NTSB recommends new measures to end pipeline anchor strikes

The US National Transportation Safety Board has recommended a range of actions that it hoped would prevent any repeat of the 2021 Orange County oil spill off the coast of California. That spill was caused by an anchor strike on a pipeline, although the unusualness of the incident was that, while the spill occurred in October 2021, the fundamental cause occurred nine months earlier, in January.

NTSB has recommended new notification alarms and procedures for potential incursions on pipelines, as well as a change to an anchorage off the California coast,

NTSB investigators determined that the oil leak, which began on Oct. 1, 2021, in San Pedro Bay, resulted from an anchor strike on the pipeline when anchors from the containerships Beijing (IMO 9308508, 109,149 gt) and MSC Danit (IMO 9404649, 153,092 gt) dragged and contacted the pipeline during high winds and seas caused by a cold front.

The proximity of the anchorage positions to which the vessels were assigned did not give the crews sufficient time or space to heave in their dragging anchors before contacting the pipeline. The NTSB determined the MSC Danit anchor’s contact with the pipeline was the initiating event that led to the crude oil release.

Subsequent to the anchor strike, an estimated 588 barrels of oil leaked from the pipeline, resulting in about $160m in damage, including clean-up costs.

The NTSB recommended the US Coast Guard implement a proposed change to the anchorage where the Beijing and MSC Danit were located when they began dragging their anchors. This would move the boundary of the anchorage farther away from the pipeline. The NTSB also recommended the Coast Guard develop and implement audible and visual alarms for Vessel Traffic Services (VTS) watchstanders when an anchored vessel was encroaching on a pipeline, and to develop procedures for VTS to notify pipeline and utility operators following potential incursions on submerged pipelines and utilities.

NTSB Chair Jennifer Homendy said that “anchorages need to be designed to account for the size of vessels using them and the time it takes for these ships’ crews to react when anchor dragging occurs. Potential damage to a pipeline needs to be reported immediately because the consequences of a pipeline leak are so great. NTSB investigators identified instances where this leak could have been avoided or mitigated, including making the pipeline operators aware of potential anchor dragging so damage could be identified and repaired before an oil release. Investigators also found that the controllers were not adequately trained to handle abnormal operating conditions, which delayed shutting down and isolating the pipeline.”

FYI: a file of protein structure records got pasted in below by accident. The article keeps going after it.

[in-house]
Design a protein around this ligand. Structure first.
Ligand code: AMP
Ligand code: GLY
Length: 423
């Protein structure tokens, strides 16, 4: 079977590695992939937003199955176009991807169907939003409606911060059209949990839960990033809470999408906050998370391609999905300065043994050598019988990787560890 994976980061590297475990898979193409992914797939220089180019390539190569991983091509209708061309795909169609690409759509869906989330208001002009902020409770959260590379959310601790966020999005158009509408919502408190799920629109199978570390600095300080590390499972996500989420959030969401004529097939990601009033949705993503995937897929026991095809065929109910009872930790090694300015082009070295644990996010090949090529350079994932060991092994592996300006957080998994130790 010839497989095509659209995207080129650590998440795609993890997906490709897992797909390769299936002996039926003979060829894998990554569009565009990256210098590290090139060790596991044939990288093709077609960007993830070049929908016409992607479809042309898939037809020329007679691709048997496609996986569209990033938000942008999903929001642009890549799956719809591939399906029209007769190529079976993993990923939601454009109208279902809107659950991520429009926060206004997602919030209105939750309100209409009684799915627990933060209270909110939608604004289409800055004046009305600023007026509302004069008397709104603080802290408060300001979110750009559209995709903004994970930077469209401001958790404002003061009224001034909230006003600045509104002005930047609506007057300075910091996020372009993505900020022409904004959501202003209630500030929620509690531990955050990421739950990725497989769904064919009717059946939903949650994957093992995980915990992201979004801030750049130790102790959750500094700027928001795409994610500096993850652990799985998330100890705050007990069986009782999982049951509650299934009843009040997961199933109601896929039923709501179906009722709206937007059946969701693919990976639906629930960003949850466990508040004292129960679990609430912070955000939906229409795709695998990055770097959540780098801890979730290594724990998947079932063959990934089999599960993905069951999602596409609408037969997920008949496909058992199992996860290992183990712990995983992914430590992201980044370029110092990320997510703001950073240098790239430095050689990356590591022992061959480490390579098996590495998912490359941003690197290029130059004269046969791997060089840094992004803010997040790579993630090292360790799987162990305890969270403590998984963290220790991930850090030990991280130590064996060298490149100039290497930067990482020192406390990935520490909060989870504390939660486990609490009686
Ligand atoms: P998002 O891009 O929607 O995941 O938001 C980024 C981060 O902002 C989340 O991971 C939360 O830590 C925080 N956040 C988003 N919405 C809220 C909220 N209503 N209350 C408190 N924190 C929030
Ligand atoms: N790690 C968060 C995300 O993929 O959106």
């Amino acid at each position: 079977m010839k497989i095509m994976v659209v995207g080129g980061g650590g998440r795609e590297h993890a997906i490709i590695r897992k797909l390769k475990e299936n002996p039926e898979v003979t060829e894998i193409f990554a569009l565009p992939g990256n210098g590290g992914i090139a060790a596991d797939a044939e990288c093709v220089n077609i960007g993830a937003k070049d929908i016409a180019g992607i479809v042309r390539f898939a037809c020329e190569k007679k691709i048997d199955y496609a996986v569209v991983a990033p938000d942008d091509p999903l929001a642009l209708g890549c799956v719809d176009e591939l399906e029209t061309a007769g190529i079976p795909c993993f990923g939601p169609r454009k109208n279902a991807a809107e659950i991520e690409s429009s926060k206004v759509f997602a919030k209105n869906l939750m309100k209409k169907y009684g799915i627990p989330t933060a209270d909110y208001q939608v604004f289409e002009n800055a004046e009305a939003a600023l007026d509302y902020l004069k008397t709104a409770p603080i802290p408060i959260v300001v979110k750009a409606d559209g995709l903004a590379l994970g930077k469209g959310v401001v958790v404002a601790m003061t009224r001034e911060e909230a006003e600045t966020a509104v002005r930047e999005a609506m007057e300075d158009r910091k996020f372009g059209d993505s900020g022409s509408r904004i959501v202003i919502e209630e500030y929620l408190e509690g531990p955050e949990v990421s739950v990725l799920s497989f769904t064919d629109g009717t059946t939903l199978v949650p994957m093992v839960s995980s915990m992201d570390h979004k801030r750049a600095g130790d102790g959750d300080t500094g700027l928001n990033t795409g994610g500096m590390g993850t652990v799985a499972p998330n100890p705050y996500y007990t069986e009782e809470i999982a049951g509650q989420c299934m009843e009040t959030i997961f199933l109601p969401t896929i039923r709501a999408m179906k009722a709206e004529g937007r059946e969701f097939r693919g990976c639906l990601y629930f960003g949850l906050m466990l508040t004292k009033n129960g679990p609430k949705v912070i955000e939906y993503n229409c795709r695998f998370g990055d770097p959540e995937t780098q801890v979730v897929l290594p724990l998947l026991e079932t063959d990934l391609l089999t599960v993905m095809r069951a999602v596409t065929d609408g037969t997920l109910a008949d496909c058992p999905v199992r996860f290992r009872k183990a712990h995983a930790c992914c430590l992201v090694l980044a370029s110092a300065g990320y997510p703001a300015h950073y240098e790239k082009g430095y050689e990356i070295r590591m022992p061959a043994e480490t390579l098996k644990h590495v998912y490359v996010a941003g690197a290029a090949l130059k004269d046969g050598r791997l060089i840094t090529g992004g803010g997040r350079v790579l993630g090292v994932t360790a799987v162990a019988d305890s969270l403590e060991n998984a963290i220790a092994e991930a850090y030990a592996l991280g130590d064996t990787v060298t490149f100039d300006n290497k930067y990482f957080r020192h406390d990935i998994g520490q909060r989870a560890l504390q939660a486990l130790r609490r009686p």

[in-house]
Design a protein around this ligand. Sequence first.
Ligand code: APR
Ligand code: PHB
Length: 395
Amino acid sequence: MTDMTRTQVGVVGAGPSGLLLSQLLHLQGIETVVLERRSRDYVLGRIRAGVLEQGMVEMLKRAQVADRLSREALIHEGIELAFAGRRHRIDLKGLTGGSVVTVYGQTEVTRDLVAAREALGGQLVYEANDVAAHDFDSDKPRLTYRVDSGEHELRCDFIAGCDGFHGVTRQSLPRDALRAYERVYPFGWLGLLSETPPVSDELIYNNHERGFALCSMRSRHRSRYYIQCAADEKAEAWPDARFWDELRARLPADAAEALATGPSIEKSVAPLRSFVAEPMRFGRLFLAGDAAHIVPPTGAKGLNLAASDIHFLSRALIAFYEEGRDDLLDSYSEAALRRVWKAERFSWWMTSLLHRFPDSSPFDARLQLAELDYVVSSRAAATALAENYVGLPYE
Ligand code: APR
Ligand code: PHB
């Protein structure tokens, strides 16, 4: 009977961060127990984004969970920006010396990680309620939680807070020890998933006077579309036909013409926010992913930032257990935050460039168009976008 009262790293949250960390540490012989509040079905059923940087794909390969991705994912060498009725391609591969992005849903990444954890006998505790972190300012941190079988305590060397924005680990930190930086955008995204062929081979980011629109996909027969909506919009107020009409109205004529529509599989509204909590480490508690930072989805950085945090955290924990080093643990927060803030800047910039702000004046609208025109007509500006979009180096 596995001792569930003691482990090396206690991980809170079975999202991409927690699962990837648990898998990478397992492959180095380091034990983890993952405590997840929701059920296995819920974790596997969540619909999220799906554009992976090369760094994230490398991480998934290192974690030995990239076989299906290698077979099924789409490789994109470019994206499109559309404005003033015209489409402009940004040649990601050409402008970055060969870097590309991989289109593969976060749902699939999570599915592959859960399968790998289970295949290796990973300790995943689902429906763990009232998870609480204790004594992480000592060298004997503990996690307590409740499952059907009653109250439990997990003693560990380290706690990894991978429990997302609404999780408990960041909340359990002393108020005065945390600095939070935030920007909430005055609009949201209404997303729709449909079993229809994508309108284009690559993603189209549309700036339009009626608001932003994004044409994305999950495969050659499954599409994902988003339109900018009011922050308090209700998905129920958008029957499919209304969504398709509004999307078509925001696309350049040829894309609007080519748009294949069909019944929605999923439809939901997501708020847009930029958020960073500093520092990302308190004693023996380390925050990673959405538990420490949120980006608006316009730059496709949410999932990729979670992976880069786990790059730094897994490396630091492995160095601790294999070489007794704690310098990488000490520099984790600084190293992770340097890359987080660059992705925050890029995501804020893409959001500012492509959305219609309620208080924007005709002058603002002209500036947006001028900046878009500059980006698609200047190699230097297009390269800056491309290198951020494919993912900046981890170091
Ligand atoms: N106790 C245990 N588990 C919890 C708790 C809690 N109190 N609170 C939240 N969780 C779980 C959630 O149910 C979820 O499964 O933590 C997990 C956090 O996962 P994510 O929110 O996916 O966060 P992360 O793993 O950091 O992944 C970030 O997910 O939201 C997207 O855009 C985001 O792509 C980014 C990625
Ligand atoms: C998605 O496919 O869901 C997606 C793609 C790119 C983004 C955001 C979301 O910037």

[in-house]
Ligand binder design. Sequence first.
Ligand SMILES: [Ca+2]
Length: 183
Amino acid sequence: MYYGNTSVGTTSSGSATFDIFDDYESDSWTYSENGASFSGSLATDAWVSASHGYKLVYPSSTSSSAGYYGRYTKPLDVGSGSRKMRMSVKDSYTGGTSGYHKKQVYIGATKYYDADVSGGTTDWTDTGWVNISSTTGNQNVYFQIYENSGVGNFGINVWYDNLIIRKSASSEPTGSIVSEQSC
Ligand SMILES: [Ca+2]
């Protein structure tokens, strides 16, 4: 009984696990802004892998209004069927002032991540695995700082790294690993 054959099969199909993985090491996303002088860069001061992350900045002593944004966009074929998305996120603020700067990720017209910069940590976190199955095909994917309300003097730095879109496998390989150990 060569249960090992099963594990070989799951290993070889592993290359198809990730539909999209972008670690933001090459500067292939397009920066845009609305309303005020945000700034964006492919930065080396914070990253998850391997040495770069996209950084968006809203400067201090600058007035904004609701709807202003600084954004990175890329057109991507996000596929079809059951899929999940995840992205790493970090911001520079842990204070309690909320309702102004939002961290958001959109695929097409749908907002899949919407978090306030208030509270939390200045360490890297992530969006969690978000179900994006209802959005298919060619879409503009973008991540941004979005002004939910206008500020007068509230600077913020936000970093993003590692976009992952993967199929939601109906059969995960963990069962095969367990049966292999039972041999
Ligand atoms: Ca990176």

The NTSB said that factors in the leak were the undetected damage to the pipeline, the pipeline operator’s insufficient training of the pipeline controllers, and the pipeline controllers’ inappropriate response to the leak alarms due, in part, to frequent previous communication-loss alarms.

It took eight total leak alarms before controllers shut down and isolated the line. Had the San Pedro Bay Pipeline controllers responded in accordance with company procedures and shut down and isolated the line at the first alarm, says NTSB, it would have significantly reduced the volume of crude oil released and the resulting environmental damage.

The NTSB found insufficient training of the pipeline controllers contributed to the 14-hour delay in stopping the pipeline’s shipping pumps, which consequently increased the volume of crude oil released.

The NTSB also issued recommendations to the Pipeline and Hazardous Materials Safety Administration, or PHMSA, the Marine Exchange of Southern California, and owners and operators of pipelines regulated by PHMSA.

​The final report will be published on the NTSB’s website in a few weeks’ time.